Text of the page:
Picture shown here was shot in October 2011 when water from the Chao Phraya River overflowed into this historic temple.
The temple was constructed in 1630 by the king Prasat Thong as the first temple of his reign, as a memorial of his mother's residence in that area. The temple's name literally means the Temple of long reign and glorious era. It was designed in Khmer style which was popular in that time.
It has a central 35 meter high prang in Khmer style (Thai: พระปรางด์ประธาน) with four smaller prangs. The whole construction stands on a rectangular platform. About halfway up there are hidden entrances, to which steep stairs lead.
The central platform is surrounded by eight chedi-shaped chapels (Thai: เมรุทิศ เมรุราย - Meru Thit Meru Rai), which are connected by a rectangular cross-shaped passage (Phra Rabieng). The passage had numerous side entries and was originally roofed and open inwards, but today only the foundations of the pillars and the outside wall still stand. Along the wall, there were 120 sittingBuddha statues, probably painted in black and gold.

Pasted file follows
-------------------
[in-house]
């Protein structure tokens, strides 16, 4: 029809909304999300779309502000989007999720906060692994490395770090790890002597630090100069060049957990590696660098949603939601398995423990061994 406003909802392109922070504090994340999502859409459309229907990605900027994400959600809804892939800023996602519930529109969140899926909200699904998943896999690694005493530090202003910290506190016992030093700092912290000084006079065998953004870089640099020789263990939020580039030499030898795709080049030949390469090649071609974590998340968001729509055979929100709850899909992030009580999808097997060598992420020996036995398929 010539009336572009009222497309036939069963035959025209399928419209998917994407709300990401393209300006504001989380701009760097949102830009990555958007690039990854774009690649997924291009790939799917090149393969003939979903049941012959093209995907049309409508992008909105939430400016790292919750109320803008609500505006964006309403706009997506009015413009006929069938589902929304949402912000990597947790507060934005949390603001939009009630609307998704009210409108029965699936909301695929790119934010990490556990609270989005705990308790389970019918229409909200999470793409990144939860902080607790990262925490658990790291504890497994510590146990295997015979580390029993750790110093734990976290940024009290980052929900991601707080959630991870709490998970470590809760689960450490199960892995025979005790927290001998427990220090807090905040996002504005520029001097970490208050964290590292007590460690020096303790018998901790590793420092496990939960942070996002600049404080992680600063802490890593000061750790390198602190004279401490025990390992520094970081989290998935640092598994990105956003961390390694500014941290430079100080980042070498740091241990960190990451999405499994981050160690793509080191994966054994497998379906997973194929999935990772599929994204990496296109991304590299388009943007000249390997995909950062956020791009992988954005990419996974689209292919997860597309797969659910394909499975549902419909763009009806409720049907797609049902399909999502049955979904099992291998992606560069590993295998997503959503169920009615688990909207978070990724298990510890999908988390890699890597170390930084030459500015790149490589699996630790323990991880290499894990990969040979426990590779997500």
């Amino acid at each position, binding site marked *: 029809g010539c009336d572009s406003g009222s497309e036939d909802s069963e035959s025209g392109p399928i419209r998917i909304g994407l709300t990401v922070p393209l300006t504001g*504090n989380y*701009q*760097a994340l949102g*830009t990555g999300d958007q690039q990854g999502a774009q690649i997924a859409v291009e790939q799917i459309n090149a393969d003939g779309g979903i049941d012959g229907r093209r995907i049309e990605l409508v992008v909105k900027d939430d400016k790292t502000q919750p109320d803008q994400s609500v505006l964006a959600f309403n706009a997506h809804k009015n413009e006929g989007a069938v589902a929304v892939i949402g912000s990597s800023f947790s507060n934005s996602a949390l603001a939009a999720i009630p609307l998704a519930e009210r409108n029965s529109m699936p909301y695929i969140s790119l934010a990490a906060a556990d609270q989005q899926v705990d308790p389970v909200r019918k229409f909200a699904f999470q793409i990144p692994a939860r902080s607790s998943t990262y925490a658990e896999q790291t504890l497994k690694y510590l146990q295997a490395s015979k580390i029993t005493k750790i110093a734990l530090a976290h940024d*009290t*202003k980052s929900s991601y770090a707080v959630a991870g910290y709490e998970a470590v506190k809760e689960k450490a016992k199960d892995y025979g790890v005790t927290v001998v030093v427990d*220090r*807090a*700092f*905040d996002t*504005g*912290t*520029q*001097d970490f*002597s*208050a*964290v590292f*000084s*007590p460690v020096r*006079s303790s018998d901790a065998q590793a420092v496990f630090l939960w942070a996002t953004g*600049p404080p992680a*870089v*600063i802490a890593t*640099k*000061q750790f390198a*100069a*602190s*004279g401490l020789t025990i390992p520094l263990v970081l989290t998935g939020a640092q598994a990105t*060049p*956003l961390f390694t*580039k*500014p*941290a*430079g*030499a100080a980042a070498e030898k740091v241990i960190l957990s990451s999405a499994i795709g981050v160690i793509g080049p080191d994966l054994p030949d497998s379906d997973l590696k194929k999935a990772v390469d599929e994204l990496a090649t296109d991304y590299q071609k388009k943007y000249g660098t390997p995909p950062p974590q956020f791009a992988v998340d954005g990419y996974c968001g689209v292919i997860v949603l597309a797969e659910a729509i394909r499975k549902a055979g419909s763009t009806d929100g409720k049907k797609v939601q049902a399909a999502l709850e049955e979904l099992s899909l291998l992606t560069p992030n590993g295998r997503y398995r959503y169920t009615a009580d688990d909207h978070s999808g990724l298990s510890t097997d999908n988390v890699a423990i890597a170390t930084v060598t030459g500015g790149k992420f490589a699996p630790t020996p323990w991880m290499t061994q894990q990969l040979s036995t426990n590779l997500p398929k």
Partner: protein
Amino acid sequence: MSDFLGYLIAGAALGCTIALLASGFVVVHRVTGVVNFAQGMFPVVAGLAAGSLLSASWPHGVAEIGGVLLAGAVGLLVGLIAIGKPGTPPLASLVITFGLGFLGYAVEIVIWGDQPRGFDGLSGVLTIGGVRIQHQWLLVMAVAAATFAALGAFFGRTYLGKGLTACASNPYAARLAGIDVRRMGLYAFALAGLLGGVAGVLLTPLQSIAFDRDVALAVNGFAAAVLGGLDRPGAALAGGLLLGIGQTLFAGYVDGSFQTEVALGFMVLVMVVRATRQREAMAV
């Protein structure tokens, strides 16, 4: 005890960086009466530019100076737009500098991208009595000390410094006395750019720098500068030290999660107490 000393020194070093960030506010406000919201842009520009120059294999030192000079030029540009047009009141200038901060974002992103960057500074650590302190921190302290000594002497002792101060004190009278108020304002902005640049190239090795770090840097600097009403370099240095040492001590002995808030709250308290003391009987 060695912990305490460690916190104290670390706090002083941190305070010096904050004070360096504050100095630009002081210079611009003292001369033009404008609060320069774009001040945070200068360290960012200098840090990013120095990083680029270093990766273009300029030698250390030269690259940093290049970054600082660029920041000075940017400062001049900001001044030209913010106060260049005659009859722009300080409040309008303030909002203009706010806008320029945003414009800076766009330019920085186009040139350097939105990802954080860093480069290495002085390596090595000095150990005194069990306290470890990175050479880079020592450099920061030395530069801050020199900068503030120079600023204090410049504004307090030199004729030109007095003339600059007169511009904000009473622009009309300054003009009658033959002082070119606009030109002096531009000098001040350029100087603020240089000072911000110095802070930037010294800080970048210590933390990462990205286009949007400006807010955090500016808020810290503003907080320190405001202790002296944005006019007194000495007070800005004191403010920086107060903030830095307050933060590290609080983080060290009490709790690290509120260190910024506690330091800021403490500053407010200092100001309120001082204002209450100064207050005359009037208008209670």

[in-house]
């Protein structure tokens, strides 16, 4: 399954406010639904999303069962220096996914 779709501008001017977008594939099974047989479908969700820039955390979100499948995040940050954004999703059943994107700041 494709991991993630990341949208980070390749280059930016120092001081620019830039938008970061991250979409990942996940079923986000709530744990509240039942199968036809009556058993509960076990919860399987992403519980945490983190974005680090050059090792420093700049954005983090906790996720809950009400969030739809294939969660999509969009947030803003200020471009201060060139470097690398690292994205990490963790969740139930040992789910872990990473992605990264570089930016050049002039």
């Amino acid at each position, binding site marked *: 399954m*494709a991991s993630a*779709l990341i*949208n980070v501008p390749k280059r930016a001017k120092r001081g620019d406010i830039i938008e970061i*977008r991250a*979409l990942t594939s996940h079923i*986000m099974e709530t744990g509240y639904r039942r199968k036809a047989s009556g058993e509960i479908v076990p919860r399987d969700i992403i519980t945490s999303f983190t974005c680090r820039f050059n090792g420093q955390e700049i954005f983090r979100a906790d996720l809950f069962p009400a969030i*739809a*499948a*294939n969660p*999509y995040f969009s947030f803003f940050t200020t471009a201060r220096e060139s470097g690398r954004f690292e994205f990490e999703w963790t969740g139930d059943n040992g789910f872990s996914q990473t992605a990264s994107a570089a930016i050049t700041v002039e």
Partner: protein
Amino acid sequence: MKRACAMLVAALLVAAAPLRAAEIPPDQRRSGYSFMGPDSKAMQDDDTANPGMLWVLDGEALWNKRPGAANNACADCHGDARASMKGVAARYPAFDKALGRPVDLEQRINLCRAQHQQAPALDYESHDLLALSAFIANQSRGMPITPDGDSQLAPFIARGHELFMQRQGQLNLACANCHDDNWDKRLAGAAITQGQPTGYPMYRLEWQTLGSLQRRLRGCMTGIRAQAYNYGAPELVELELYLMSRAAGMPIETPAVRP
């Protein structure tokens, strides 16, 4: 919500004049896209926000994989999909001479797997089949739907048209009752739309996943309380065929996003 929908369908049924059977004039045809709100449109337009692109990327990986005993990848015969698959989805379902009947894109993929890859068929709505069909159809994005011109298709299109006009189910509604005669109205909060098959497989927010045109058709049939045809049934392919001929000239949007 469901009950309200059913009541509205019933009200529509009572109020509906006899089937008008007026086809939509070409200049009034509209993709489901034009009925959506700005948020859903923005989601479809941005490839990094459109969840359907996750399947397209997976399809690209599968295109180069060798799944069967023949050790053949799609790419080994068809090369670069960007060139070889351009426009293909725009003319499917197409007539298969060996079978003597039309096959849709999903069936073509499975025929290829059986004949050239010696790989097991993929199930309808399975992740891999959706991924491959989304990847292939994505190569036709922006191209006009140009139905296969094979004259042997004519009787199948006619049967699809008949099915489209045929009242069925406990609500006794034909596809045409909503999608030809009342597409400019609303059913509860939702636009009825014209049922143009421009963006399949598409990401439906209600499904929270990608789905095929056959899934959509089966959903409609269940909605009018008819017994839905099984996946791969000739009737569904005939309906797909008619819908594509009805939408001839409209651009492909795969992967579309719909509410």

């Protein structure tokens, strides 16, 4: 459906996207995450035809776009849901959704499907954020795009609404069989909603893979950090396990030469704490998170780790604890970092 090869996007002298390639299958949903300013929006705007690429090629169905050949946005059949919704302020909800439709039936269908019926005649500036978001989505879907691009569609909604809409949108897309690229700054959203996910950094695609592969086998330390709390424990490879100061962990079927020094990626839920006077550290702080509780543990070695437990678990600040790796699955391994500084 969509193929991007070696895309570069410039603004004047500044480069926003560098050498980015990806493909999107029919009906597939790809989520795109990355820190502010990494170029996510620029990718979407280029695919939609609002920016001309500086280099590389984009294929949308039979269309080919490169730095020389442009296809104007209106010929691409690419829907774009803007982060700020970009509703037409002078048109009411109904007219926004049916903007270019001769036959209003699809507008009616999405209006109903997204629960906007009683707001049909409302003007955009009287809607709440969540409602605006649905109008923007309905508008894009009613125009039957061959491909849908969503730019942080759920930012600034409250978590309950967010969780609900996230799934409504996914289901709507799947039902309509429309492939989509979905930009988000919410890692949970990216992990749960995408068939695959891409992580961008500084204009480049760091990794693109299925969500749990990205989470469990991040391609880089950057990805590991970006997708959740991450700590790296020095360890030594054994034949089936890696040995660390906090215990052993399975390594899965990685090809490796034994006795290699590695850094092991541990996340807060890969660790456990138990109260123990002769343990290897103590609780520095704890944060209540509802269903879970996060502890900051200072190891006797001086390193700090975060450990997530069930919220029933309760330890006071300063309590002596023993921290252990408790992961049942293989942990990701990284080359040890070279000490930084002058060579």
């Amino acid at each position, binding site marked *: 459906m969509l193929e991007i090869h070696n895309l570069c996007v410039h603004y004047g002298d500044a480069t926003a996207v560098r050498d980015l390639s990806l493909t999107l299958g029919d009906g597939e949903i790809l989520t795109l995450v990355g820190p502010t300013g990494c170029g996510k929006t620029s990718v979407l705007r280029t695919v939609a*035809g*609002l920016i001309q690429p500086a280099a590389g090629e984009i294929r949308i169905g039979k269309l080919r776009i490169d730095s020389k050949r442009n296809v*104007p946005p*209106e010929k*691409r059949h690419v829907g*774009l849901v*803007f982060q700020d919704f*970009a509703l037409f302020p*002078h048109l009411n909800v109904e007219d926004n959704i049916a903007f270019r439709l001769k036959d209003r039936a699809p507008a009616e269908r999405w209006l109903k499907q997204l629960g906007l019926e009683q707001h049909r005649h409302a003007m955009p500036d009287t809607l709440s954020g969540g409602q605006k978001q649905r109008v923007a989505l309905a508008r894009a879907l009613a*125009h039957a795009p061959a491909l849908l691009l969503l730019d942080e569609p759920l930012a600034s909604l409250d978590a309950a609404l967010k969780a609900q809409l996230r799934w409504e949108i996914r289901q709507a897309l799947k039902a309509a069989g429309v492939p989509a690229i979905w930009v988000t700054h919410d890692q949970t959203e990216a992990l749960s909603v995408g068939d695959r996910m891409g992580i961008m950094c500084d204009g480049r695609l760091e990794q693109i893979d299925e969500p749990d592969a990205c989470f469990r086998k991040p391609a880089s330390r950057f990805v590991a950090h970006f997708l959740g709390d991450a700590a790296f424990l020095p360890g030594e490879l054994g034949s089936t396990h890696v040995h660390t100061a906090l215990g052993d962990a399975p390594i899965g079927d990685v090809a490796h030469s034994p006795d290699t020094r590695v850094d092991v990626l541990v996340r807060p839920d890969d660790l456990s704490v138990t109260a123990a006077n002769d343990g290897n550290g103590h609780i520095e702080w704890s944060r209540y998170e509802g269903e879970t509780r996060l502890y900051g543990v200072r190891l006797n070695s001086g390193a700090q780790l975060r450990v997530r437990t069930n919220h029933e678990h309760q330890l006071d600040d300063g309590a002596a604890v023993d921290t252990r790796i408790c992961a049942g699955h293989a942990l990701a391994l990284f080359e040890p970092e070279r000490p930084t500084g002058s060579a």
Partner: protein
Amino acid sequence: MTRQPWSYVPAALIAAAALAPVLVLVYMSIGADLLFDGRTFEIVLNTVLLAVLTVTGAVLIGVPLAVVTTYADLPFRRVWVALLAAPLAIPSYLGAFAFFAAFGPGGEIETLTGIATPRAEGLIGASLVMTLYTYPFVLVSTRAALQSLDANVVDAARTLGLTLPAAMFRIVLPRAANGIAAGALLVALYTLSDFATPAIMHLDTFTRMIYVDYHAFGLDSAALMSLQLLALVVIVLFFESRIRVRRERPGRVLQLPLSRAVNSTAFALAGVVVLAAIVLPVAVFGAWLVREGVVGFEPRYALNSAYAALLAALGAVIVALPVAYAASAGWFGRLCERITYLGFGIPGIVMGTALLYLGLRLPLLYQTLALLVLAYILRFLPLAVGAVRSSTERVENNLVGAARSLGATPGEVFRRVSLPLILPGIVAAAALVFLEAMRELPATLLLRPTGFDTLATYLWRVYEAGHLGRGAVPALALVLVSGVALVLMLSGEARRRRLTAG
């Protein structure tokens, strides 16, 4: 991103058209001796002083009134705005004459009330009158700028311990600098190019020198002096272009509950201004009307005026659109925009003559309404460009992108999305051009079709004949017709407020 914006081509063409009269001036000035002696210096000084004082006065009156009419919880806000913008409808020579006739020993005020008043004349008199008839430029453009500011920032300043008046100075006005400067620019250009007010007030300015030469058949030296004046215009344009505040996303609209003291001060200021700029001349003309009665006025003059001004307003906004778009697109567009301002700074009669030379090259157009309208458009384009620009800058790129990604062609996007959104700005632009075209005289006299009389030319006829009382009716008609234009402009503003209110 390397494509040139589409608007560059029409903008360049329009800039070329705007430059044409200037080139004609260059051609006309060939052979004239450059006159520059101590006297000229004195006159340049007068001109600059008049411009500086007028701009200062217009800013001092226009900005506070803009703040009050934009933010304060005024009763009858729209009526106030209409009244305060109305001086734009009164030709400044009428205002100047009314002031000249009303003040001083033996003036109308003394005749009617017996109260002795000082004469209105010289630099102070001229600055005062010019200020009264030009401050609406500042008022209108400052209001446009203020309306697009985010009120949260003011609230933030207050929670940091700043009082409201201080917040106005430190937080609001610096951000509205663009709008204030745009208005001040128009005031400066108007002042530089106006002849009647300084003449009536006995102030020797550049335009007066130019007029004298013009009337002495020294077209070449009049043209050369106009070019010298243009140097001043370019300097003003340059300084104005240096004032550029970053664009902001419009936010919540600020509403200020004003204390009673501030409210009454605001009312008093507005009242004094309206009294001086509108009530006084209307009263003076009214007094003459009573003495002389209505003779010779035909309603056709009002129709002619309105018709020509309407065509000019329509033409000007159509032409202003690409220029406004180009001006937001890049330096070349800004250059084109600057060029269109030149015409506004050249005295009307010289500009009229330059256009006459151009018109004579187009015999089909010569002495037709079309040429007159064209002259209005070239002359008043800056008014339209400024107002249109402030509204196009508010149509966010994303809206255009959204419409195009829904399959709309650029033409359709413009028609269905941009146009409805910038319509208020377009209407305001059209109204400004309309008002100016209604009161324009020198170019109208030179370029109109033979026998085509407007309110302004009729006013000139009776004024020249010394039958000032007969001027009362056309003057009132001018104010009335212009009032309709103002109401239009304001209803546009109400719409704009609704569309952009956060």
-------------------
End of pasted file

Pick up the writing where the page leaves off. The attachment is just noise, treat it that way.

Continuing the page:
The eight chedi-like chapels are formed in a unique way. They had paintings on the interior walls, the exterior ones decorated by 12 reliefs depicting scenes from the life of Buddha (Jataka), which must be "read" clockwise. Just fragments of the paintings and the reliefs survived. In each of the rectangular chedis were two sitting Buddha statues and in each of the four middle chedis was one big sitting Buddha statue, also lacquered in black and gold. The ceiling over those statues was of wood with golden stars on black lacquer.
Outside of the passages on the east, close to the river was the temple's ordination hall (Phra Ubosot). North and south from the Ubusot stood two chedis with "12 indented corners" (Thai: เจดีย์อมุมสิบสอง), in which the ashes of the king's mother were laid.
After the total destruction of the old capital (Thai: กรุงเก่า - Krung Kao) by the Burmese in 1767, from which Wat Chai
Watthanaram was not spared, the temple was deserted. Theft, sale of bricks from the ruins and the beheading of the Buddha statues were common. Only in 1987 did the Thai Department of Fine Arts start restoring the site. In 1992 it was opened to the public.